Critical Access Hospitals: Would reduce critical access hospital payments to 100 percent of reasonable costs, and eliminate the designation for those critical access hospitals within 10 miles of the nearest hospital, beginning in 2016. Estimated budget impact, FY2016-2025: -$2.50 billion
Hospital Readmissions and Hospital-Acquired Conditions*: Would establish a comprehensive hospital-wide readmissions measure and change the documentation requirements for the hospital-acquired conditions program. Estimated budget impact, FY2016-2025: less than $500 million
Additional Providers: Would exclude certain services from the in-office ancillary services exception; modify the documentation requirements for face-to-face encounters for durable medical equipment, prosthetics, orthotics and supplies claims; clarify the Medicare Fraction in the Medicare DSH statute; implement value-based purchasing for SNFs, home health agencies (HHAs), ambulatory surgical centers (ASCs), hospital outpatient departments (HOPDs), and community mental health centers; and expand the availability of Medicare data released to qualified entities. Estimated budget impact, FY2017-2025: -$6.02 billion
Total Budget Impact: -$147.88 billion
Part D Prescription Drug Rebate: Would require drug manufacturers to provide rebates on behalf of Part D low-income subsidy (LIS) enrollees that are no less than Medicaid rebate levels, and to provide an additional rebate for brand-name and generic drugs whose prices grow faster than inflation, beginning in 2017. Estimated budget impact, FY2017-2025: -$116.13 billion
Pay for Delay: Would prohibit “pay for delay” arrangements between brand and generic drug manufacturers. Estimated budget impact for Medicare, FY2016-2025: -$10.06 billion; for Medicare and other federal health care programs combined, FY2016-2025: -$11.51 billion
Part D Prescription Drug Discounts: Would increase the manufacturer discounts for brand-name drugs in the Part D coverage gap from 50 percent to 75 percent, closing the gap for brand-name drugs by 2017, three years earlier than under current law. Estimated budget impact, FY2017-2025: -$9.43 billion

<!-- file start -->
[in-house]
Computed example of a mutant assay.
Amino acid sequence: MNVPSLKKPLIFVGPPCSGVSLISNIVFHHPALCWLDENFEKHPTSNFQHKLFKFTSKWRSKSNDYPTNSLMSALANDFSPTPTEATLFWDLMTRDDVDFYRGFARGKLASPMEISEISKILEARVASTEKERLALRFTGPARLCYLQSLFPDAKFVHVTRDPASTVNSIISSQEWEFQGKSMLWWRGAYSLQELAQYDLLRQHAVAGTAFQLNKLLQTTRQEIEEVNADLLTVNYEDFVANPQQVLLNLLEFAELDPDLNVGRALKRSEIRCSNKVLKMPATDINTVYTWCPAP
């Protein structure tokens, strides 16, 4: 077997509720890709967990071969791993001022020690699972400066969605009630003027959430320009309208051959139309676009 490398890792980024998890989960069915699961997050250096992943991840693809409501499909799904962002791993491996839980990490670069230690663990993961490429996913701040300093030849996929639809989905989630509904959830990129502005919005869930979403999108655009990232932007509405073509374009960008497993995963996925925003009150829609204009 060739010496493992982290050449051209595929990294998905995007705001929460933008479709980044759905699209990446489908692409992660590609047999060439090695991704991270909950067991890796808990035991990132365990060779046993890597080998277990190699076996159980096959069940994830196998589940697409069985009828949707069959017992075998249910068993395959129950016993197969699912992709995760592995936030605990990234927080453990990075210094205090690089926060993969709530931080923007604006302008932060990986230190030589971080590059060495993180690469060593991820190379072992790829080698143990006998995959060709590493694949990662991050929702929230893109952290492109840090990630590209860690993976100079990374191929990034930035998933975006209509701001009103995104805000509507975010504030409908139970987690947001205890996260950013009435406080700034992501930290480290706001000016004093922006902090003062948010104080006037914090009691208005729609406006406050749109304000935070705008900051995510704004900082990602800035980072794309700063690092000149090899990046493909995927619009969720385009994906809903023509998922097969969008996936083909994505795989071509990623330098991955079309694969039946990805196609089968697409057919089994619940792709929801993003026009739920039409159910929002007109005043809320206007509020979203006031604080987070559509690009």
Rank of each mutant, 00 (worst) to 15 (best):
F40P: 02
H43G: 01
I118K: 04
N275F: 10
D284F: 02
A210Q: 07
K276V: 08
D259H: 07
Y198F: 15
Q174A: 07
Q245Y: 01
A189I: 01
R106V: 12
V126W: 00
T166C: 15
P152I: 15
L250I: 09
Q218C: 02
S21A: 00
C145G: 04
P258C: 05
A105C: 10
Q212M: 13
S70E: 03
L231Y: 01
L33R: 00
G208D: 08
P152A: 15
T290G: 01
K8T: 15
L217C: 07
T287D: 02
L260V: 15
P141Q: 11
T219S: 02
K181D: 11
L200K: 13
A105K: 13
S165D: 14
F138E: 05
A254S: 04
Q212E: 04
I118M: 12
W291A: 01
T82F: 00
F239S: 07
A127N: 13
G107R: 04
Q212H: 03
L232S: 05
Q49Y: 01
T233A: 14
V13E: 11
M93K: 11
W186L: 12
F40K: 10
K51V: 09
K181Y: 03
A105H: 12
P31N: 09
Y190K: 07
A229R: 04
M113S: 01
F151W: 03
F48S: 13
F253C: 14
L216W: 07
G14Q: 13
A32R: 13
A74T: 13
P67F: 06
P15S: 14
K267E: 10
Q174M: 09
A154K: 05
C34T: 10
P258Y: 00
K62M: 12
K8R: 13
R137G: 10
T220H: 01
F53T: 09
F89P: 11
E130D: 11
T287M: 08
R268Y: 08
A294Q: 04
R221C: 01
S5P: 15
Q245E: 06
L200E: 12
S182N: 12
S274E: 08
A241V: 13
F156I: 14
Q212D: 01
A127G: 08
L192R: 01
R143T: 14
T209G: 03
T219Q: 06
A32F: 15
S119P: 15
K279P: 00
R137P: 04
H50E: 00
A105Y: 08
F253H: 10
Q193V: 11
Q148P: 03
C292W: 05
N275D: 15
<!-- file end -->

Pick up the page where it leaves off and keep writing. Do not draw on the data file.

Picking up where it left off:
Part B Drugs: Would modify the reimbursement of Part B drugs by reducing payments from 106 percent to 103 percent of the average sales price. Estimated budget impact, FY2016-2025: -$7.38 billion
Biologics: Would shorten the length of exclusivity for biologics from 12 years to 7 years, and prohibit additional periods of exclusivity for brand-name biologics due to minor changes in product formulations. Estimated budget impact for Medicare, FY2016-2025: -$4.40 billion; for Medicare and other federal health care programs combined, FY2016-2025: -$4.53 billion
Mandatory Reporting of Drug Coverage*: Would require group health plans that offer a prescription drug benefit to report their plan enrollees with drug coverage to HHS or Part D plan sponsors. Estimated budget impact, FY2016-2025: -$0.48 billion
Drug Price Negotiation*: Would allow the Secretary of HHS to negotiate prices for biologics and high-cost prescription drugs eligible for placement on the Part D specialty tier. Manufacturers would be required to supply HHS with all data and information necessary to come to an agreement on price. The final price would be indexed to the Consumer Price Index and plan sponsors would be permitted to negotiate additional discounts off this price. Estimated budget impact, FY2016-2025: less than $500 million.
Part D Bonus Payments: Would provide new bonus payments to Part D plans with high quality star ratings (4 stars or more). Plans with high ratings would have a larger portion of their bid subsidized by Medicare, while plans with lower ratings would receive a smaller subsidy. Would be implemented in a budget neutral manner. Estimated budget impact, FY2016-2025: less than $500 million
Preventing Prescription Drug Abuse in Part D*: Would give the Secretary of HHS the authority to establish a program requiring certain Medicare beneficiaries to utilize only certain prescribers/pharmacies to obtain prescriptions for controlled substances. Estimated budget impact, FY2016-2025: less than $500 million
Retroactive Part D Coverage for LIS Beneficiaries: Would permanently authorize a demonstration (the LI NET program) allowing CMS to contract with a single plan to provide retroactive drug coverage for Part D LIS beneficiaries while their eligibility is being processed. Estimated budget impact, FY2016-2025: less than $500 million